Forest management, wildfires and climate change

Forest management, wildfires and climate change

24 September 2015

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USA– As firefighters struggle against the deadly plague of wildfires that has scorched the West this year, politicians are chiming in with their theories about what causes them.

California Gov. Jerry Brown thinks climate change is to blame. Other politicians agree, saying it caused the drought that has made the region more vulnerable to wildfires.

While drought certainly has contributed to the wildfire nightmare, other causes have played a larger role. The poor management of federal land, which has allowed forests to become overgrown and bulging with fuel for fires, is the primary cause of the increasing number of large wildfires.

This year alone, 3 million acres have burned in seven Western states. If Alaska is included, the area burned totals more than 8.1 million acres. For the years 2005 to 2014, an average of 6 million acres has burned annually in the U.S., mainly the West. Most of those 10 years predate the four-year drought in California or the droughts in any of the other Western states.

National forests are not parks. They should be open to grazing, recreation, commercial timber operations and other uses. That used to be the case. The U.S. Forest Service and the Bureau of Land Management managed timber on a rotational basis, assuring a sustainable supply for lumber, plywood and paper mills.

Under the current administration, however, those uses have been reduced, either as the result of lawsuits filed by environmental groups intent on evicting ranchers and others from the forests, or by the Forest Service, which is closing a large percentage of national forest access roads to public use. In Montana, for example, 9,000 miles of the 32,000 miles of national forest roads will be closed. Closing these massive areas to access assures that they will never be properly managed for multiple use or thinned to reduce wildfire fuel. They will become de facto wilderness areas — and stockpiles of fuel for wildfires.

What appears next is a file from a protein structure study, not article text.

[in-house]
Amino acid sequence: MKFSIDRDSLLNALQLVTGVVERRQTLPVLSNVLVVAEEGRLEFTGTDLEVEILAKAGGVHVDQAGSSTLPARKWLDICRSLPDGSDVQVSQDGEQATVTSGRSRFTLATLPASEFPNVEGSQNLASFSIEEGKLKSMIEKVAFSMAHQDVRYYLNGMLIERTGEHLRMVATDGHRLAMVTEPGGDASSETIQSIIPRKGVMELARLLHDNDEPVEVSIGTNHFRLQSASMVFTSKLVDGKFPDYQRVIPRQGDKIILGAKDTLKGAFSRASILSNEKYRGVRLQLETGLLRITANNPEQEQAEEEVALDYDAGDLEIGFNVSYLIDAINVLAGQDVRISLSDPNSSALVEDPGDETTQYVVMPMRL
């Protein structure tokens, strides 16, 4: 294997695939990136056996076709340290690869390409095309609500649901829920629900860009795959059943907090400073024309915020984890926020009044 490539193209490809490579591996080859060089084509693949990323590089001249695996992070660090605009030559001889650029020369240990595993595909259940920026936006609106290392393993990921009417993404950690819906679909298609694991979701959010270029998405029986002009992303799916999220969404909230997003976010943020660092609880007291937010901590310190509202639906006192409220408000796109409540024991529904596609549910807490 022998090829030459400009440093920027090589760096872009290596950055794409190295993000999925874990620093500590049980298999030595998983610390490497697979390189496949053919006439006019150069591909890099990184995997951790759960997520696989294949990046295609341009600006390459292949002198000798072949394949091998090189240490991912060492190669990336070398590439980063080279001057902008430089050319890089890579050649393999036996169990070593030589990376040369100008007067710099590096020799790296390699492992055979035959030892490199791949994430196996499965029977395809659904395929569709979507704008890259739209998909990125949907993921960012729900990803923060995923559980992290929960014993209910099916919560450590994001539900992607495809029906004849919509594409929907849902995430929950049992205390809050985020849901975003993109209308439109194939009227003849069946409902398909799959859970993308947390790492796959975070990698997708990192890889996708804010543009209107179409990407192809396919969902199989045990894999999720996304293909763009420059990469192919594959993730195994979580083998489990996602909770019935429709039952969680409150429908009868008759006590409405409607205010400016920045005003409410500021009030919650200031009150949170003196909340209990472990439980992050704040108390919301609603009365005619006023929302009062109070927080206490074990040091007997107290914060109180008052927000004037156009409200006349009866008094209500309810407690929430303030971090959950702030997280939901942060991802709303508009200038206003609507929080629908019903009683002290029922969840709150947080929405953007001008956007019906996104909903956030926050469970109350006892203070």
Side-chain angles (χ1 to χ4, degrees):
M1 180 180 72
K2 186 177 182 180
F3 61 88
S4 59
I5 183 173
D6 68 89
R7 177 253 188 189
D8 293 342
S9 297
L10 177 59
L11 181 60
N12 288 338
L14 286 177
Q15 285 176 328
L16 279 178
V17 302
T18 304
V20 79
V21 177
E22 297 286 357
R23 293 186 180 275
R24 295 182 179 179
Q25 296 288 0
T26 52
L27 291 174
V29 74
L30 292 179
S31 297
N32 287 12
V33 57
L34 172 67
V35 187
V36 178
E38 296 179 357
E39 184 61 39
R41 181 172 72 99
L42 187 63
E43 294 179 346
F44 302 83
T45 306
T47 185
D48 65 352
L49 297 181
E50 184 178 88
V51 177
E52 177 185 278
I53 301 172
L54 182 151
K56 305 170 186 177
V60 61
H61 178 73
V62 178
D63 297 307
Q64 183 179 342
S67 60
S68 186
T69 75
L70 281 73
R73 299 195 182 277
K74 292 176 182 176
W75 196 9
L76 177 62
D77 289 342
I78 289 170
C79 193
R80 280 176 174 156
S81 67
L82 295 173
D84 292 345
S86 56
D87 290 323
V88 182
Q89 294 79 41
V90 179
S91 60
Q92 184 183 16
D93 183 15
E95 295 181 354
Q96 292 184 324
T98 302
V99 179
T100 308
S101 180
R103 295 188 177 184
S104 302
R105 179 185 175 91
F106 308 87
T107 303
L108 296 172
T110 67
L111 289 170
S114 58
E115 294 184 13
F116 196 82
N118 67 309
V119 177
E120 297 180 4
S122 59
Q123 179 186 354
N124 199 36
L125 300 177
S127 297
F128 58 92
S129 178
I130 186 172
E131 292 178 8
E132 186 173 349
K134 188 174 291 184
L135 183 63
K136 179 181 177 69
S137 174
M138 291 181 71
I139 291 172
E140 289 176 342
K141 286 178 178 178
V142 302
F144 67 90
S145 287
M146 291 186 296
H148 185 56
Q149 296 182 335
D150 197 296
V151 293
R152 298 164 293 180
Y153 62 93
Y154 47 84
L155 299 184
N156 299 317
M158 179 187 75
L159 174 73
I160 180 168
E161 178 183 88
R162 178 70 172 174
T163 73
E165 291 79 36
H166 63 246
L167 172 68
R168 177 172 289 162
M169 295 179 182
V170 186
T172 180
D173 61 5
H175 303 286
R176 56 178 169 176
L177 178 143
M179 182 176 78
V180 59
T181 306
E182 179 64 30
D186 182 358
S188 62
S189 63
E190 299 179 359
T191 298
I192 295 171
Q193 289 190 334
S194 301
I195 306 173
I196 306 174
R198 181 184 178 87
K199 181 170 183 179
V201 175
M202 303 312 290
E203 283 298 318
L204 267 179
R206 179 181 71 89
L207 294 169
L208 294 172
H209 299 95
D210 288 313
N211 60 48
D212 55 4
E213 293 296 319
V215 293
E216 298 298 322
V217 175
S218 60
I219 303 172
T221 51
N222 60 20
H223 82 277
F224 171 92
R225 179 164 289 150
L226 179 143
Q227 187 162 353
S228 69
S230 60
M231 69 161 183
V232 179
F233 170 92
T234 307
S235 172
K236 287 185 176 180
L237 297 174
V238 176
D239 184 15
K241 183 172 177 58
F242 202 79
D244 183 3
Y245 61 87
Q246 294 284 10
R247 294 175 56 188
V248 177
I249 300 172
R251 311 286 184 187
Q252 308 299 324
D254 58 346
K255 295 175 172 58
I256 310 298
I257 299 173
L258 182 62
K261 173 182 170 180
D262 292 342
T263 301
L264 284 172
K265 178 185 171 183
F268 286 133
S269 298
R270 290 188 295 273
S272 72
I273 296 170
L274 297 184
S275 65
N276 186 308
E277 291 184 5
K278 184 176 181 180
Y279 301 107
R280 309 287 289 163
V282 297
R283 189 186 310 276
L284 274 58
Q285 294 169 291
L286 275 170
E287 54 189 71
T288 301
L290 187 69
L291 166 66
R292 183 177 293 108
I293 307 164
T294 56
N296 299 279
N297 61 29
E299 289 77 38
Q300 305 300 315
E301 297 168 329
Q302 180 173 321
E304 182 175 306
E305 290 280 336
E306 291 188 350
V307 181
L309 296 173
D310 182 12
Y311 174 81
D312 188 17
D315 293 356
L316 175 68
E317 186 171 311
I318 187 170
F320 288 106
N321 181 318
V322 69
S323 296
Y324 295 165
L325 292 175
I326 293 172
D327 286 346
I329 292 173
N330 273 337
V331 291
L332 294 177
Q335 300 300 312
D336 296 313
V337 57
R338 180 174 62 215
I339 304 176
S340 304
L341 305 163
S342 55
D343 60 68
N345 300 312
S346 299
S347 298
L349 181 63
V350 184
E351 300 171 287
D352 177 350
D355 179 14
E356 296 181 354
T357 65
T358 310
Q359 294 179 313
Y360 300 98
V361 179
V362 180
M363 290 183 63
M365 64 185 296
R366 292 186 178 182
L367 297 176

Similar road closures are planned in other national forests in the West.

In the wake of this year’s catastrophic fires, even the most hard-headed politicians seem to agree that the forests need to be “better-managed.” We will translate: They need to be logged, either through thinning or through commercial timber sales. And more livestock grazing is needed to reduce the amount of vegetation that piles up as fuel for the next wildfire.

This is a statement of the obvious. The only answer to reducing the size and intensity of wildfires is to reduce the amount of fuel in the forests.

Near John Day, Ore., which has suffered through wildfire hell this year, retired BLM forester Bob Vidourek showed Capital Press reporter Sean Ellis the difference between forestland that had been thinned and neighboring land that had not. The managed land was barely touched by the wildfire that roared through the area. The unmanaged land was devastated.

But there’s more to the issue than managing publicly owned natural resources. Those who say they are concerned about climate change should also be interested in managing public land to minimize the number and size of wildfires.

The reason: Wildfires release massive amounts of greenhouse gases such as carbon dioxide, which are linked to climate change. A study released this year by the National Park Service and the University of California-Berkeley found that wildfires were responsible for 5 to 7 percent of California’s total carbon emissions between 2001 and 2010. Forests are carbon sinks, storing carbon in the form of wood fiber. When a wildfire burns the forest that carbon is released into the air as carbon dioxide.

That alone should convince everyone, no matter where they stand on the climate change issue, that public land needs to be well-managed, not locked up.

As it stands, poor management of public land and locking up vast tracts of national forests will ultimately destroy valuable publicly owned resources — and release more carbon dioxide that many believe exacerbates climate change.

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